Court Quashes Present Youth Climate Differs Case Against Govt

A federal appeals court has thrown out the landmark climate change lawsuit brought on behalf of young people against the federal government.

While the young plaintiffs “have made a compelling case that action is needed,” wrote Judge Andrew D. Hurwitz in a 32-page opinion, climate change is not an issue for the courts. “Reluctantly, we conclude that such relief is beyond our constitutional power. Rather, the plaintiffs’ impressive case for redress must be presented to the political branches of government.”

The two members in the majority of the three-judge panel thus agreed with the Trump administration that the issues brought up in the case, Juliana v. United States did not belong before the courts.

The appeals court decision reverses an earlier ruling by a district court judge, Ann Aiken, that would have let the case go forward. Instead, the appeals court gave instructions to the lower court to dismiss the case.

In a lengthy and impassioned dissent, Judge Josephine L. Staton wrote that “the government accepts as fact that the United States has reached a tipping point crying out for a concerted response — yet presses ahead toward calamity. It is as if an asteroid were barreling toward Earth and the government decided to shut down our only defenses.”

The third judge on the panel was Mary H. Murguia. All three were appointed to their current positions by President Barack Obama.

In a statement, Assistant Attorney General Jeffrey Bossert Clark of the Justice Department’s environment and natural resources division said the government was “pleased with the outcome.” Citing the portion of the Constitution that defines the role of the federal courts, he said, “this suit fell squarely outside the parameters of Article 3.”

In an interview, the lead lawyer for the plaintiffs, Julia Olson, said she would appeal the ruling. The next step sends the case to the full Ninth Circuit for reconsideration and what is known as an en banc hearing. The case, she said, is “far from over.”

Ms. Olson, an environmental lawyer with the group Our Children’s Trust, originally filed the federal suit in 2015 against the Obama administration, demanding both that the government drop policies that encouraged fossil fuel use and take faster action to curb climate change from a president already seen as friendly to environmental interests.

Working under a legal principle known as the public trust doctrine, which can be used to compel the government to preserve natural resources for public use, the initial complaint stated that government officials had “willfully ignored” the dangers of burning fossil fuels.

The five years since the case was first filed have been the five hottest years in the age of accurate records.

The 21 young plaintiffs, now between the ages of 12 and 23, claim that the government’s actions, and inaction, in the face of global warming violate their “fundamental constitutional rights to freedom from deprivation of life, liberty, and property.” Their personal stories include damage from rising sea levels and wildfire smoke, but they argued that they will be dealing with even more disastrous effects of climate change within their lifetimes.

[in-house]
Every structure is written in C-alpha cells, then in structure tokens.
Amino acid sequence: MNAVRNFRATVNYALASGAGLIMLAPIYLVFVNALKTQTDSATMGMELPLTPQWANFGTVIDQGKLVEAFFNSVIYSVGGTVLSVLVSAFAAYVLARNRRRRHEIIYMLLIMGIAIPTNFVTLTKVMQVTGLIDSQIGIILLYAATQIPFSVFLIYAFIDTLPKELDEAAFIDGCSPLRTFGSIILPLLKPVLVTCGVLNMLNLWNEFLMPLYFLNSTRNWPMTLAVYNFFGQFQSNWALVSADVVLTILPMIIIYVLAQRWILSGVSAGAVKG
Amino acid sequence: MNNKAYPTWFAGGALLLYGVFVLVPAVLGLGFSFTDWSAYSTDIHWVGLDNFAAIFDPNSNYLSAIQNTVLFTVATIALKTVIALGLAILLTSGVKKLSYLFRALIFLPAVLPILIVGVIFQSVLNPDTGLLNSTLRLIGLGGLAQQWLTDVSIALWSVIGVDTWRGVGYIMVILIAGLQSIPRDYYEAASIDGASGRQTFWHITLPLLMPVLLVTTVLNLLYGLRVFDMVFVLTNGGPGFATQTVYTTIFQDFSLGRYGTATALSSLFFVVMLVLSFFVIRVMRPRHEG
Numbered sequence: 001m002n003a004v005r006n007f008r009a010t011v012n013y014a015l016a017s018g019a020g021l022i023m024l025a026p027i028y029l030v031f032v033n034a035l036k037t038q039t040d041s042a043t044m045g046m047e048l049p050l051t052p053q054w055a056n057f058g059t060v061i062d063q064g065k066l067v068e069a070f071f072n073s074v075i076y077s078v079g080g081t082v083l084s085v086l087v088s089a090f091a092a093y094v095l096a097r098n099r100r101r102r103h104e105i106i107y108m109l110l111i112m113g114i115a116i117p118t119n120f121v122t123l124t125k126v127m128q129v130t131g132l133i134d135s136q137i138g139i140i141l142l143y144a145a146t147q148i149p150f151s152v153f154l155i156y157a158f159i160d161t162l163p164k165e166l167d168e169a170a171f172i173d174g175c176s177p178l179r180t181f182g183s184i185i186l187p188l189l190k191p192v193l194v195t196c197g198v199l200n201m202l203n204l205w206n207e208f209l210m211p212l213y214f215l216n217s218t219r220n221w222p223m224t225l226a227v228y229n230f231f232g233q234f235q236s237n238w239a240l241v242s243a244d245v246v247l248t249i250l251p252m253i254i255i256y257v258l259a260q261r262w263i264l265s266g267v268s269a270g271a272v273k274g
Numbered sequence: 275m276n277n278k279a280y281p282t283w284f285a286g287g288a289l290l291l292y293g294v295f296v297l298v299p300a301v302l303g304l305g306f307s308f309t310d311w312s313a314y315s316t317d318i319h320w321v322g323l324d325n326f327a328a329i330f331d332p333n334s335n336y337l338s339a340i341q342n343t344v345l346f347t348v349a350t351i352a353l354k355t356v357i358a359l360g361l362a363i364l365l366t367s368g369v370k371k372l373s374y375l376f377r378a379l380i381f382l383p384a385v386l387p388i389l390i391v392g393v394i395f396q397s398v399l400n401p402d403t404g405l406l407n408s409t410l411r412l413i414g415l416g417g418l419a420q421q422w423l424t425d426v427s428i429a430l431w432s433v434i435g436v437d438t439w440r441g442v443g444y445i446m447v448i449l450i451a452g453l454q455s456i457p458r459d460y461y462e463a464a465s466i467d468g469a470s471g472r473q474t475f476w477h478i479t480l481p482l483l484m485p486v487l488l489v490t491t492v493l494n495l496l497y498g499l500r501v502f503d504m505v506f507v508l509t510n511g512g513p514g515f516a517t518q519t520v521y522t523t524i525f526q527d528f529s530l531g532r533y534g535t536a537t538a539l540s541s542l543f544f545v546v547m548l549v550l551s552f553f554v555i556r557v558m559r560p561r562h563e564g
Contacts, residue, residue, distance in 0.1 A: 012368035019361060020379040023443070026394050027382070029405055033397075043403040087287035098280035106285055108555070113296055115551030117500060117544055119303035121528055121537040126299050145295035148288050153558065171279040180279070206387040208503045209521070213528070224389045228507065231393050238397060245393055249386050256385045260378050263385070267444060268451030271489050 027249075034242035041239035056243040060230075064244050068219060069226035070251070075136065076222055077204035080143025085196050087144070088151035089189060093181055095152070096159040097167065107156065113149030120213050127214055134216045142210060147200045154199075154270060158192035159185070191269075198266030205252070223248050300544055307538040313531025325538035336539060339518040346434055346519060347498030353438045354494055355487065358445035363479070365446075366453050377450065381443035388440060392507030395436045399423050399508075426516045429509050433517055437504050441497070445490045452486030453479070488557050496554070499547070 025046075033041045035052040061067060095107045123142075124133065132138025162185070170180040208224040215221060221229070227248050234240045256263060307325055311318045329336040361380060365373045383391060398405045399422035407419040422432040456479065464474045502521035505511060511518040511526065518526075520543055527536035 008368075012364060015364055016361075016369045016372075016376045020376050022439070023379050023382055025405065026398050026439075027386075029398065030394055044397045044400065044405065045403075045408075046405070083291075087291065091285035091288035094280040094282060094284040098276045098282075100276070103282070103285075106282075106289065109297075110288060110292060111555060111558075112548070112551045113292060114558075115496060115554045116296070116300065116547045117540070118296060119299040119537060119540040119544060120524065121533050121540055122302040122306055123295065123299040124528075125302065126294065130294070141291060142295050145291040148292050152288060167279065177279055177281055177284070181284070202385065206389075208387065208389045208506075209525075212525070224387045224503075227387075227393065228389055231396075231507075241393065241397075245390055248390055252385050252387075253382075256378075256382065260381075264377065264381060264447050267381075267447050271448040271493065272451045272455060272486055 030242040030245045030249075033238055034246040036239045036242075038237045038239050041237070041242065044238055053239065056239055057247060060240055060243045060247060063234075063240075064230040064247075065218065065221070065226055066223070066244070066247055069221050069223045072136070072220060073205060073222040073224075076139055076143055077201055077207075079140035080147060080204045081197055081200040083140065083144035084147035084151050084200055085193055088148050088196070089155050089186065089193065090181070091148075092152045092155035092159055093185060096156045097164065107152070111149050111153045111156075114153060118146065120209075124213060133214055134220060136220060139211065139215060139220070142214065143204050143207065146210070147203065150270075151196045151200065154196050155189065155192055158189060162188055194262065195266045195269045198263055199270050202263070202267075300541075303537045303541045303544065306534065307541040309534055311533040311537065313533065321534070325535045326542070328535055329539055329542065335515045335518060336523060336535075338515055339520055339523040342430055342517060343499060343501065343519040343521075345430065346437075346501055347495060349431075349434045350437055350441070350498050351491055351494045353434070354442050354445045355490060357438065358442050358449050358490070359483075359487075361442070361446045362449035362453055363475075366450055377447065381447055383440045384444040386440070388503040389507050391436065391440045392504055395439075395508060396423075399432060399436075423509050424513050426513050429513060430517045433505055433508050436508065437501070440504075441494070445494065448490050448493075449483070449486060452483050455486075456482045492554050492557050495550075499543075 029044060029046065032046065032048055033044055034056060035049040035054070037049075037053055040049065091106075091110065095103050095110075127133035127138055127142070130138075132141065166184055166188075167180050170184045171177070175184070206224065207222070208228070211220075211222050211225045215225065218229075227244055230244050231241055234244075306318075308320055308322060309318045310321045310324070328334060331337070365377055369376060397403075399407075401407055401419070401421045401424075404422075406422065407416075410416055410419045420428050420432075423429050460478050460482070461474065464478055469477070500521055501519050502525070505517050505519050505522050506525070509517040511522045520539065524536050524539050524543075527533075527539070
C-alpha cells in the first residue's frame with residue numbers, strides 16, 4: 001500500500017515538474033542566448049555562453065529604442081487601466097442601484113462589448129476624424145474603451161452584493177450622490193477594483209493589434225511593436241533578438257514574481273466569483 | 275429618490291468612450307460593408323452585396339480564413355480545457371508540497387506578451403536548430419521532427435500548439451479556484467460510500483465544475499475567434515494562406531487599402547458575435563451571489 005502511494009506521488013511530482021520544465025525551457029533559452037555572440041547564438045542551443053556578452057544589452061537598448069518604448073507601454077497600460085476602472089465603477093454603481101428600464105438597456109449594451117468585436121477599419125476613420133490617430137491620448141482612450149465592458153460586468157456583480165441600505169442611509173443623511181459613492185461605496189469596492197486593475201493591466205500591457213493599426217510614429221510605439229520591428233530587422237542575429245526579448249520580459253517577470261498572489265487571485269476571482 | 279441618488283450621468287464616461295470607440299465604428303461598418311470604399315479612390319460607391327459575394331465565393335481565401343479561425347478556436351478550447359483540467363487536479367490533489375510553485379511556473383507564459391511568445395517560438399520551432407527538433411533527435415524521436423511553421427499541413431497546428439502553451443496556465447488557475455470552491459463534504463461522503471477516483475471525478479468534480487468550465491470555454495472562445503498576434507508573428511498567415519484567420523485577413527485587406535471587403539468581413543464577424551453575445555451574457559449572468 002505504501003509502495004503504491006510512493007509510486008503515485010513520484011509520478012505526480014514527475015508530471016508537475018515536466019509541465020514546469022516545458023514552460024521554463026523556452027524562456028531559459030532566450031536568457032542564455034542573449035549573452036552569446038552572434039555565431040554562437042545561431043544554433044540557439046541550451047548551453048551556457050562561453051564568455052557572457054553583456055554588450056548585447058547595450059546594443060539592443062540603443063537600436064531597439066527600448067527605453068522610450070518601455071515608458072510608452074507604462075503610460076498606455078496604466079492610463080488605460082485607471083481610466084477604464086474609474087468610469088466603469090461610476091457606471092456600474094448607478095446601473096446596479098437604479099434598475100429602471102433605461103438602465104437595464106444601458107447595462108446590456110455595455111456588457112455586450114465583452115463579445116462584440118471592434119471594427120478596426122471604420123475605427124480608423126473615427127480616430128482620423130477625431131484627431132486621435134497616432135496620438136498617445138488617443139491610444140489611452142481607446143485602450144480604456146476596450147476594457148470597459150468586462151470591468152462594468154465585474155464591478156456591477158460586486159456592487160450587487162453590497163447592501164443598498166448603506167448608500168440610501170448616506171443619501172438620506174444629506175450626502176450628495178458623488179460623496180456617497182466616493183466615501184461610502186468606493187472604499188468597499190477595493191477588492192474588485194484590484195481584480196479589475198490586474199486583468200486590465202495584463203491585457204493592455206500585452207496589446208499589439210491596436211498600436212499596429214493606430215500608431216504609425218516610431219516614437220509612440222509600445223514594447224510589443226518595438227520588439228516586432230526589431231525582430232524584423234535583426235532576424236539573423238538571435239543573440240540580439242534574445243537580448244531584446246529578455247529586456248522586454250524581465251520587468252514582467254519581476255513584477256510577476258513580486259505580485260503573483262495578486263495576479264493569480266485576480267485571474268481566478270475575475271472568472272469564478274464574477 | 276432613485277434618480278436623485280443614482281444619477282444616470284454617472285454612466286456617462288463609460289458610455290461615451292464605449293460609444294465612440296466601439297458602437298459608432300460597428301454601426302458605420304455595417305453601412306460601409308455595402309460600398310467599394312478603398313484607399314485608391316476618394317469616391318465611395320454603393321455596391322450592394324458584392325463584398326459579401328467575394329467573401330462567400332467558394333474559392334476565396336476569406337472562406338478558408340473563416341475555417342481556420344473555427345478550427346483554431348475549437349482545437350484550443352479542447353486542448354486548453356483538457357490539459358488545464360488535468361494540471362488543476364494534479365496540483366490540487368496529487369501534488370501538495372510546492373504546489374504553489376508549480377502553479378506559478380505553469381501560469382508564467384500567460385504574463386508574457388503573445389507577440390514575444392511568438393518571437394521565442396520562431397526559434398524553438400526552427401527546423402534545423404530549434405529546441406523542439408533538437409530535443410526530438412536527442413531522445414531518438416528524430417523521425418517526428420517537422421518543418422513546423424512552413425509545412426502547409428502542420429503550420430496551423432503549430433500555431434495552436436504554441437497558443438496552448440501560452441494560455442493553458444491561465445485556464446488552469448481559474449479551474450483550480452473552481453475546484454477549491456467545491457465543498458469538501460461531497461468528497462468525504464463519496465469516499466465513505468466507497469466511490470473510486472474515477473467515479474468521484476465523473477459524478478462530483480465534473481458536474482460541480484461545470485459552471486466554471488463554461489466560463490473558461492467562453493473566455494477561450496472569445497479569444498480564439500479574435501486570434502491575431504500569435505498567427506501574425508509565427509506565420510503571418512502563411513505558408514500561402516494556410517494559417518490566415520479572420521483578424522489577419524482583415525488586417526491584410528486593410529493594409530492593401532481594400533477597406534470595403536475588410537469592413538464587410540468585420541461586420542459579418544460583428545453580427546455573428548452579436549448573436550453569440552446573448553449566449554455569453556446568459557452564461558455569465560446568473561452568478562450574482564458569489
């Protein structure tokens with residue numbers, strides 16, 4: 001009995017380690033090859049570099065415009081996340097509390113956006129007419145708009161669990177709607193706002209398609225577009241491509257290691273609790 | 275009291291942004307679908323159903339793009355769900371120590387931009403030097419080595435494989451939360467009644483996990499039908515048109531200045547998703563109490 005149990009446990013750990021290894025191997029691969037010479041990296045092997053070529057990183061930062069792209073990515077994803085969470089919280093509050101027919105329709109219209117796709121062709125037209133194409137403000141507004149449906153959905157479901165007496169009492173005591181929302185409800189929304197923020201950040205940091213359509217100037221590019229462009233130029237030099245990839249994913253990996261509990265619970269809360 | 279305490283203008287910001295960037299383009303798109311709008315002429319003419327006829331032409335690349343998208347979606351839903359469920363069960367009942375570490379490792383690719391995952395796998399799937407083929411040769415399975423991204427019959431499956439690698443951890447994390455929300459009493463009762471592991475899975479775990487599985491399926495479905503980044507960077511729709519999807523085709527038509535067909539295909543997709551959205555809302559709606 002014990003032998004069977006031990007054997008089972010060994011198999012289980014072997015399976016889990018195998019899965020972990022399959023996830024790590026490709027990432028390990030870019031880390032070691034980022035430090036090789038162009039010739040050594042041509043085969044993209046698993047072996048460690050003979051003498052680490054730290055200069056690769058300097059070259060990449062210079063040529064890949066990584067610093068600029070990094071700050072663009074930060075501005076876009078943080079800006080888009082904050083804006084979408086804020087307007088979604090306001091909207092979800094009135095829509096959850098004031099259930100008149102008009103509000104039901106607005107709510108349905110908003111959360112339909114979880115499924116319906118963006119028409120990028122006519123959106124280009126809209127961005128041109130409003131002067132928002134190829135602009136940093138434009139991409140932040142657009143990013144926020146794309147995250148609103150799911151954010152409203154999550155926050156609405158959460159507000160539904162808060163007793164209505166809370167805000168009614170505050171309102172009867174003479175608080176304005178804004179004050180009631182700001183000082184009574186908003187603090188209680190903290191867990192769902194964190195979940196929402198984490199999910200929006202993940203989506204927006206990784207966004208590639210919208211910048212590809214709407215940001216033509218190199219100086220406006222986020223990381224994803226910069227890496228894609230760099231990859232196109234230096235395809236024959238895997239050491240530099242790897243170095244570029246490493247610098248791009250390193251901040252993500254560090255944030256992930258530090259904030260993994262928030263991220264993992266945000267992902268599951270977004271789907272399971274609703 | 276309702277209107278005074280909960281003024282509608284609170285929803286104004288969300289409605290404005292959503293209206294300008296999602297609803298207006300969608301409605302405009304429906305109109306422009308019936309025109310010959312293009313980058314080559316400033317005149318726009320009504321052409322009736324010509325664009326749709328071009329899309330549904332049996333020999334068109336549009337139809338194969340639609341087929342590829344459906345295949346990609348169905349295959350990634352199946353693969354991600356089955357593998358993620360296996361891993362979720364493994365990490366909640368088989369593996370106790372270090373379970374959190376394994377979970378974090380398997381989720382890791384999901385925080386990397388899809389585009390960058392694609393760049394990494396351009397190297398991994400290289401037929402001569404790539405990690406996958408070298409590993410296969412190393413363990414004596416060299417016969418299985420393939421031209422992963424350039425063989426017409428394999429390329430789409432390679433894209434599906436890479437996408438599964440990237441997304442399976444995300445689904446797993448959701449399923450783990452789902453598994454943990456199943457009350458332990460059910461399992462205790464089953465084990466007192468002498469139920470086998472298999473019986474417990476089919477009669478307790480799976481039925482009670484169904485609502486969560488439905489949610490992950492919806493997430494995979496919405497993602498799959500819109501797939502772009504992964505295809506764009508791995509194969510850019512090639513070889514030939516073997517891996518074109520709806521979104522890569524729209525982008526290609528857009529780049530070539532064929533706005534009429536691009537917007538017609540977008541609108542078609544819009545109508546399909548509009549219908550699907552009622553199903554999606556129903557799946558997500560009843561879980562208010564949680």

The youngest of the plaintiffs, Levi Draheim, will be just 33 in 2040, the year by which a United Nations scientific panel now expects some of the biggest crises to unfold.

During the hearing in June that led to the new opinion, Judge Hurwitz pressed Ms. Olson with a question that signaled his skepticism about the courts taking the leading role in combating as big a problem as climate change: “You’re asking us to do a lot of new stuff, aren’t you?”

Ann Carlson, an expert in climate change law at the University of California Los Angeles School of Law, said what surprised her and many other experts was how far the lawsuit had proceeded.

“I’ve always thought this case was creative and interesting but a long shot,” she said, “and after listening to the oral argument I thought that the court would find some way to dismiss the case that reflected its concerns about just how big the remedy was that the plaintiff were seeking in the case” — that is, she said, to “get the United States to stop emitting carbon into the atmosphere.”

She noted that even the majority opinion was very sympathetic to the arguments of the young people and accepted the need for action on climate change. “There really is a giant dilemma here about the lack of political will to address the problem, the lack of judicial comfort in stepping in to solve the problem,” she said.

The urgency of the climate crisis and the limitations of the law made the Juliana case a difficult one, said David M. Uhlmann, a law professor at the University of Michigan and former head of the environmental crimes section of the Justice Department. “If ever there were a case where your heart says yes but your mind says no,” he said, “Juliana unfortunately is that case.”

Ms. Olson, the lawyer for the young people, said the case did not require the kind of sweeping remedy the court described in the decision: “It doesn’t have to be the whole shebang.”

For her plaintiffs, she said, “the idea that their only recourse is to go to the very branches of government that are violating their rights when half of them can’t even vote is a preposterous notion.”

Michael B. Gerrard, the director of the Sabin Center for Climate Change Law at Columbia University, called the decision “a disappointment but not a surprise.” He said that “Many U.S. judges have vigorously enforced the environmental laws written by Congress but won’t go beyond that.”

“They want to leave the key decisions to the ballot box,” he said. “So for now, all three branches of the federal government are sitting on their hands as the planet burns.”

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